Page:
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A free floating commentary on culture, politics, economics, and religion based on a passionate commitment to the truth and a desire graciously to refute that which is contrary to it….
"He must hold firm to the sure word as taught, so that he may be able to give instruction in sound doctrine and also to confute those who contradict it."
--Titus 1:9, Revised Standard Version
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I suspect the best course for our little institution within Christendom is to allow it to implode, which seems to be the course of the recent past and present. If we fall apart, then we can be reformed and changed. To put a theological spin on it, if we die, then we can be resurrected. Perhaps in such a setting our focus would be more upon the message of the gospel than the survival of an institution and power games among varying factions.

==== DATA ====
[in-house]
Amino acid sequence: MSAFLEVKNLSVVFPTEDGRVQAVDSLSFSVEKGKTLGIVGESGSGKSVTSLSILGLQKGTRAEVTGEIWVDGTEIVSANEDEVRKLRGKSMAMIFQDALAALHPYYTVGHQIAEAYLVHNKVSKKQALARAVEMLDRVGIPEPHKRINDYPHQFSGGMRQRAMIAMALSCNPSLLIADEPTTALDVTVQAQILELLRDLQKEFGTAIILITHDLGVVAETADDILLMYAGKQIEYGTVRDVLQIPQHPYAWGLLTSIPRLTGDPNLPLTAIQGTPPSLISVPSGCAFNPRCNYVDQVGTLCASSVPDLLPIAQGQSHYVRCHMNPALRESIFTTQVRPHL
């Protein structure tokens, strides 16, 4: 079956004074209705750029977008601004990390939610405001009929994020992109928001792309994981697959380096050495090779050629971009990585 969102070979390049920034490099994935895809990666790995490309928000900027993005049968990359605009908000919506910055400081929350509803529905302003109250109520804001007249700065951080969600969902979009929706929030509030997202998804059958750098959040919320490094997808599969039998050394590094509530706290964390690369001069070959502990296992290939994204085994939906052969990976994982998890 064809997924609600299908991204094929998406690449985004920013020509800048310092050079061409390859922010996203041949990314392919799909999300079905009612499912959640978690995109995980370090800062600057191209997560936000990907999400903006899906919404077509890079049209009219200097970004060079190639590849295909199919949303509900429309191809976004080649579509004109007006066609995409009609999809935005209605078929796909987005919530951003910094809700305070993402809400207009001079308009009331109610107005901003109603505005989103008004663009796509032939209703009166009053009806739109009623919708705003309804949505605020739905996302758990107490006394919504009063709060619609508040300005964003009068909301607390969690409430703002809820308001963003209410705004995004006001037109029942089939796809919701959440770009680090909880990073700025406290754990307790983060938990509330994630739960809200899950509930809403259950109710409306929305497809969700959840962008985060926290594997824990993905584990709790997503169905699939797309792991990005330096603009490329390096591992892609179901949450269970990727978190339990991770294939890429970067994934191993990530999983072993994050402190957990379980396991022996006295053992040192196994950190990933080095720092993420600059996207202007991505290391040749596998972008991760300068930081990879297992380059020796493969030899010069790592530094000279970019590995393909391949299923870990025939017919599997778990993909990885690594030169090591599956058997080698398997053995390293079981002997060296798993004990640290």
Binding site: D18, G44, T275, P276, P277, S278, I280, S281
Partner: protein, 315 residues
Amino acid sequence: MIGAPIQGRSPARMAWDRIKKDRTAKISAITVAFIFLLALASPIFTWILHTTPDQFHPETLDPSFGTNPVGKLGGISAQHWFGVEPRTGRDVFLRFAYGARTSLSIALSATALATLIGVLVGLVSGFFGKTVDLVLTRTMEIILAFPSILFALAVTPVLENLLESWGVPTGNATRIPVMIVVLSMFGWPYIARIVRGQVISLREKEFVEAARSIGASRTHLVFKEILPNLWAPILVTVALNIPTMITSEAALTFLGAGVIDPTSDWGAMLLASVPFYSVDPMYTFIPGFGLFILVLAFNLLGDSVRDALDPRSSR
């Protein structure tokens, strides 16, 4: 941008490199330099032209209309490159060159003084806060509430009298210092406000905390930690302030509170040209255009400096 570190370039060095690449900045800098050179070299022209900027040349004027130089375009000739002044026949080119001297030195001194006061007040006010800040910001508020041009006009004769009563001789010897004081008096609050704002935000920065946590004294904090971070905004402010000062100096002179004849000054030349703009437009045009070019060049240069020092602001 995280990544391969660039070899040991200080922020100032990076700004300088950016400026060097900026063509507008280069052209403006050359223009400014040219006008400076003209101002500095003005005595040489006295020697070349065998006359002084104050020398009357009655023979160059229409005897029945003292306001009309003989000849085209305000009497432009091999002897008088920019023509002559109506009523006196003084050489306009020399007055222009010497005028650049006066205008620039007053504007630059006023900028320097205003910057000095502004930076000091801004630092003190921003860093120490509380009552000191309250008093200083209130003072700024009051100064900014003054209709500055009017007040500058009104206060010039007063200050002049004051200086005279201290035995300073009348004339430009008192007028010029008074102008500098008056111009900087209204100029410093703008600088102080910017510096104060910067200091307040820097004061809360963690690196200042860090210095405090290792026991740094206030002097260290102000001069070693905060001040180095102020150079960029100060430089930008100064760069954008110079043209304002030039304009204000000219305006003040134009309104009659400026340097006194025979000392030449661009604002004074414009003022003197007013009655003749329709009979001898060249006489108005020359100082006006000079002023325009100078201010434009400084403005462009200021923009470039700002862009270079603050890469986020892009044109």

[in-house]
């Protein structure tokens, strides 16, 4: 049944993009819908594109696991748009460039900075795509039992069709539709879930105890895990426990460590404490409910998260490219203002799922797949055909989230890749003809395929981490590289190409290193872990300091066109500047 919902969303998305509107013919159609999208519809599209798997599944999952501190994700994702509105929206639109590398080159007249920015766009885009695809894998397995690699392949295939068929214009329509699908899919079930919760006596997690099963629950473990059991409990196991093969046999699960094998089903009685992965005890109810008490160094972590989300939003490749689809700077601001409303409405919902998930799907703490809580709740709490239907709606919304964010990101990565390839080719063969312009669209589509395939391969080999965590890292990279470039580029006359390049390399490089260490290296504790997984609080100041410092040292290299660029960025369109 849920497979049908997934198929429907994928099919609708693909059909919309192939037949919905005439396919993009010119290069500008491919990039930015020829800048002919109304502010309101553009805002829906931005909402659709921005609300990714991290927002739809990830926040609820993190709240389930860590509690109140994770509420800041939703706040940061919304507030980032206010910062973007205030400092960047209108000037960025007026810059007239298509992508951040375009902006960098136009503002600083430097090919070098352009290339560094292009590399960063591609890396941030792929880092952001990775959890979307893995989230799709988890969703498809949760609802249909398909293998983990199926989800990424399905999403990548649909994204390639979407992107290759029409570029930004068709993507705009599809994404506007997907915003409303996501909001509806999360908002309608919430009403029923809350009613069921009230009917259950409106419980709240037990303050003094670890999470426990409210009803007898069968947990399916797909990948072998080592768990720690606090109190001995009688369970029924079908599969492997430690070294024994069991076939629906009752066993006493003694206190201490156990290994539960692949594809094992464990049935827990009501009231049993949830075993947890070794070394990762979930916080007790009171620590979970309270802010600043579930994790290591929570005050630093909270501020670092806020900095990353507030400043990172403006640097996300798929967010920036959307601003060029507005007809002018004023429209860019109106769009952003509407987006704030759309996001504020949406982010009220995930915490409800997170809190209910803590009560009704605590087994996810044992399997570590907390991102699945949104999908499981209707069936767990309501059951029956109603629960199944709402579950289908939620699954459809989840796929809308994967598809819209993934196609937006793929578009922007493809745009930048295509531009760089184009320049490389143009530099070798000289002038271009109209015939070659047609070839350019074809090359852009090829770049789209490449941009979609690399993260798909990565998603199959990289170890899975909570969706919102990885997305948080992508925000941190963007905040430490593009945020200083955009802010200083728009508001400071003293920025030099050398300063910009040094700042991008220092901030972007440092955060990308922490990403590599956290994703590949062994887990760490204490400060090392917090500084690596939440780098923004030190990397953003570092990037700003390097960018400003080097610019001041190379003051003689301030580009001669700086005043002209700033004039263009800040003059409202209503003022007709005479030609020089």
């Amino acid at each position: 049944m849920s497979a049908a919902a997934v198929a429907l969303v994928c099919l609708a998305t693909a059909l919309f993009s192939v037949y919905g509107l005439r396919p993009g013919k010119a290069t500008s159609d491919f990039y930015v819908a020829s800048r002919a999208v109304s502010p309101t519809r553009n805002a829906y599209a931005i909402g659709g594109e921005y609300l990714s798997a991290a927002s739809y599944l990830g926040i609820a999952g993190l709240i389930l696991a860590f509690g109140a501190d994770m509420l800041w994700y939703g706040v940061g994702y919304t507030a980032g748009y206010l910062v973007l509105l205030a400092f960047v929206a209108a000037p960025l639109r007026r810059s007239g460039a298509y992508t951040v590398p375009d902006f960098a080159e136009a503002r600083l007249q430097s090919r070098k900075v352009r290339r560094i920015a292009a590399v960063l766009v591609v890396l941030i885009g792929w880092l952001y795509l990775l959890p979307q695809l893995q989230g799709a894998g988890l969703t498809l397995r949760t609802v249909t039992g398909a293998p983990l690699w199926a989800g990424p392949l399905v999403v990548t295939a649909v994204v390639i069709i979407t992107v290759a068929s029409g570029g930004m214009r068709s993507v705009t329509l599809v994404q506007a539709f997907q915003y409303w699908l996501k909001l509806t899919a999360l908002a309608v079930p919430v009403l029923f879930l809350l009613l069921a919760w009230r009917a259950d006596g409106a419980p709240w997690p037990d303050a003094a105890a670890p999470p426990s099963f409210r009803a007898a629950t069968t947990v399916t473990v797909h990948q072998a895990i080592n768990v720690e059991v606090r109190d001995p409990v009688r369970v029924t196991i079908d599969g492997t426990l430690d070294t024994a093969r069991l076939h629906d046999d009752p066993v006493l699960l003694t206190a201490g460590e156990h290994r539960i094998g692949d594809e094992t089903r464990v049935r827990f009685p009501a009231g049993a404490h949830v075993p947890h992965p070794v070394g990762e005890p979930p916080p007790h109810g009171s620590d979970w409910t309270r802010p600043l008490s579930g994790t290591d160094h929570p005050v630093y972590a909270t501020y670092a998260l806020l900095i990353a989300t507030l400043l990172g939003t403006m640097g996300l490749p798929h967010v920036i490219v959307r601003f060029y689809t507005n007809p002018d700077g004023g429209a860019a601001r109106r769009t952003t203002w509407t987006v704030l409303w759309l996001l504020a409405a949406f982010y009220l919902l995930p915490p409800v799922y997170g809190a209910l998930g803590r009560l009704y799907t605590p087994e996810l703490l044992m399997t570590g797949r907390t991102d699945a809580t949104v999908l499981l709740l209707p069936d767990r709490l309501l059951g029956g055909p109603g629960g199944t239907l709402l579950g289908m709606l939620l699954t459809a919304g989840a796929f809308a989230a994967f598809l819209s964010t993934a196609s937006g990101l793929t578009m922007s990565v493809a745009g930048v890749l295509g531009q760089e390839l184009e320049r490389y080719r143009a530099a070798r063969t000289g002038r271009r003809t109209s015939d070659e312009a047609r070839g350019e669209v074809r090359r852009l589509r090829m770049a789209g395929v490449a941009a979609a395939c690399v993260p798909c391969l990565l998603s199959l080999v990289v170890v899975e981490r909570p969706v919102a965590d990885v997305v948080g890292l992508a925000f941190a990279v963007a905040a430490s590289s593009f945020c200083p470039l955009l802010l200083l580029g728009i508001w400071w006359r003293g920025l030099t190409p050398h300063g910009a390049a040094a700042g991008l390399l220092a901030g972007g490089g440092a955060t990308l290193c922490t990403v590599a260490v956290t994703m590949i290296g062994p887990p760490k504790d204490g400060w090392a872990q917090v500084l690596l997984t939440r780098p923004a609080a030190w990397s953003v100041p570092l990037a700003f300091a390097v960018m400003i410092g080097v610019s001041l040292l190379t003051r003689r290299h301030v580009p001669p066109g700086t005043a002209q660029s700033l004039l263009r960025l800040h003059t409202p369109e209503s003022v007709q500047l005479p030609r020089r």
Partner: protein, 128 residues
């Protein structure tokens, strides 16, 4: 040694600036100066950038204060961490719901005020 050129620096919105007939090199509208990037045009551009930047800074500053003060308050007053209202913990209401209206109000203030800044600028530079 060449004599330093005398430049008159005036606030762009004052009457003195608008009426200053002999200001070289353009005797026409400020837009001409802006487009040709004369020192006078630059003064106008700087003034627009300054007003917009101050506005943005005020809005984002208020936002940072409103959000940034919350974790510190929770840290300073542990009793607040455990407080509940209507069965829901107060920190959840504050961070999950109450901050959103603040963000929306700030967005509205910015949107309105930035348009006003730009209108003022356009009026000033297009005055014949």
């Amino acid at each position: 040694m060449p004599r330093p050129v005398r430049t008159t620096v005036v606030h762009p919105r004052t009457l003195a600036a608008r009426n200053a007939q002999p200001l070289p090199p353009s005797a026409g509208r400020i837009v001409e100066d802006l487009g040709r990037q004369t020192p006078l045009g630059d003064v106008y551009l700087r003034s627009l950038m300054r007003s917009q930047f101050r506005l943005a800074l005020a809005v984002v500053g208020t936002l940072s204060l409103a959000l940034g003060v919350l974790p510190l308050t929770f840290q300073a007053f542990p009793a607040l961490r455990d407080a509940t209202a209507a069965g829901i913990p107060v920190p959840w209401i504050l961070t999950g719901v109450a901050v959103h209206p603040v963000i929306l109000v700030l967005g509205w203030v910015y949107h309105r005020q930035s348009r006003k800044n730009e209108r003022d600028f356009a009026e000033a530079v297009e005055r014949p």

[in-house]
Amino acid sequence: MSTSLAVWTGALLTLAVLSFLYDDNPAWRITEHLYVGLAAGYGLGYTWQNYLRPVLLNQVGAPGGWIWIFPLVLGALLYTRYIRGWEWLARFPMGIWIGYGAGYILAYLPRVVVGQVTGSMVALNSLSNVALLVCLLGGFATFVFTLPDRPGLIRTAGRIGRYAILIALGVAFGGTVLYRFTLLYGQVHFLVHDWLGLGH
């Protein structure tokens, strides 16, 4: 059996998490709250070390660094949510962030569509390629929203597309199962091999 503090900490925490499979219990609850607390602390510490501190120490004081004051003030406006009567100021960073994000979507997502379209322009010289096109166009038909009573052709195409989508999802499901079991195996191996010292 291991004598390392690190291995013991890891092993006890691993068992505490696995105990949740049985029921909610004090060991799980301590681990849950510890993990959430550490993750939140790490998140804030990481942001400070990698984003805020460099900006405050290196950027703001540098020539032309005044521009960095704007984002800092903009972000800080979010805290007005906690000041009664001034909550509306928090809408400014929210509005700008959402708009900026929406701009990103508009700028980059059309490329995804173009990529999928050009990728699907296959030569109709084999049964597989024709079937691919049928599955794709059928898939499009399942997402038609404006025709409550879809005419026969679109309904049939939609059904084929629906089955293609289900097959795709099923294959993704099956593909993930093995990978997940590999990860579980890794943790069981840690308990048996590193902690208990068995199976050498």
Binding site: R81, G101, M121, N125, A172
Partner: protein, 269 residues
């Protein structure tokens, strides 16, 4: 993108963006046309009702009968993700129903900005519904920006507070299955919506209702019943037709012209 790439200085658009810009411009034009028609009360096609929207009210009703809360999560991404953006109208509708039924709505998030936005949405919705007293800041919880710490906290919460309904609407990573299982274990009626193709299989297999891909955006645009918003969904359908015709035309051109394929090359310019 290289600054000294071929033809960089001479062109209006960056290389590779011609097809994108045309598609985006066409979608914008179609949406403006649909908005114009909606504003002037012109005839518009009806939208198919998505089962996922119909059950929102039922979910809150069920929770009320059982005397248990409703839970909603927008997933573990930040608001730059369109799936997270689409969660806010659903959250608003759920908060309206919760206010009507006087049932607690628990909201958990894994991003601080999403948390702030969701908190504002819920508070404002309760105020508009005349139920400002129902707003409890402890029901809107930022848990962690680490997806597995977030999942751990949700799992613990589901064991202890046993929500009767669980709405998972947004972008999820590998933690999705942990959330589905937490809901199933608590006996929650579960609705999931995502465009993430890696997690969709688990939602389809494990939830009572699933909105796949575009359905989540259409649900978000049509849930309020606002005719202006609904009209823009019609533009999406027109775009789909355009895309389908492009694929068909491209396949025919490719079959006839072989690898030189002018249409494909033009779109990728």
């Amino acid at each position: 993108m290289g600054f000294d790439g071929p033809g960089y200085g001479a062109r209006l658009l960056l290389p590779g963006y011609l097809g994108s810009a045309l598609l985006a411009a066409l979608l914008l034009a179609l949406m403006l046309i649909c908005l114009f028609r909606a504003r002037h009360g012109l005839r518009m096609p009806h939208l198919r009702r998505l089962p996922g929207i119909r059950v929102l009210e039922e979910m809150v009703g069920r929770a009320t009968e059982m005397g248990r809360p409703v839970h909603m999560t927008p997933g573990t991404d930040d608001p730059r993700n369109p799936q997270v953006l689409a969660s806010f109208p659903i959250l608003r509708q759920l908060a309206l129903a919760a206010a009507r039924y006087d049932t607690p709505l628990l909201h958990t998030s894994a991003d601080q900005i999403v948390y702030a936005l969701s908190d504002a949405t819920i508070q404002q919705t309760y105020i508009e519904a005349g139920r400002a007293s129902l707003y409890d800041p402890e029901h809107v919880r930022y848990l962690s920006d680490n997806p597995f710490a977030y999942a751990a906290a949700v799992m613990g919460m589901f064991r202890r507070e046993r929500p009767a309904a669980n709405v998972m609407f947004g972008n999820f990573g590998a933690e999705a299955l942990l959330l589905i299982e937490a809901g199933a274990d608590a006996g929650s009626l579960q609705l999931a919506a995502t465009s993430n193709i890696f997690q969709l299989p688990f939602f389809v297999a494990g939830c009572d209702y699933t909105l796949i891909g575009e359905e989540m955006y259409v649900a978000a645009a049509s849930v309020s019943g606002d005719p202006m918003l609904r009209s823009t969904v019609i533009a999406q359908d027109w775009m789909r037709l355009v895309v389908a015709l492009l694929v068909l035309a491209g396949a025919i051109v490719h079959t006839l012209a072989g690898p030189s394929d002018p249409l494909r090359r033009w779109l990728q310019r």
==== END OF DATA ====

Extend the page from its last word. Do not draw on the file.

What would happen if we had to sell our church real estate and meet in our homes? What would happen if we spent all of our endowments? Suppose the average Sunday attendance continues to decline to one or two people? Can we imagine meeting on Sunday with others and talking about God’s presence and activity in our lives over the past week, rather than about sex? Is it possible to attend church on Sundays and not leave frustrated?
Perhaps The Episcopal Church is due for some time in Babylon. It will be good for us, just as it was for ancient Judaism. Then we can remember the gospel message over the institution. Sunday attendance will remain a problem, but perhaps as a matter of pews that overflow instead of being empty. Then visitors might just stay.
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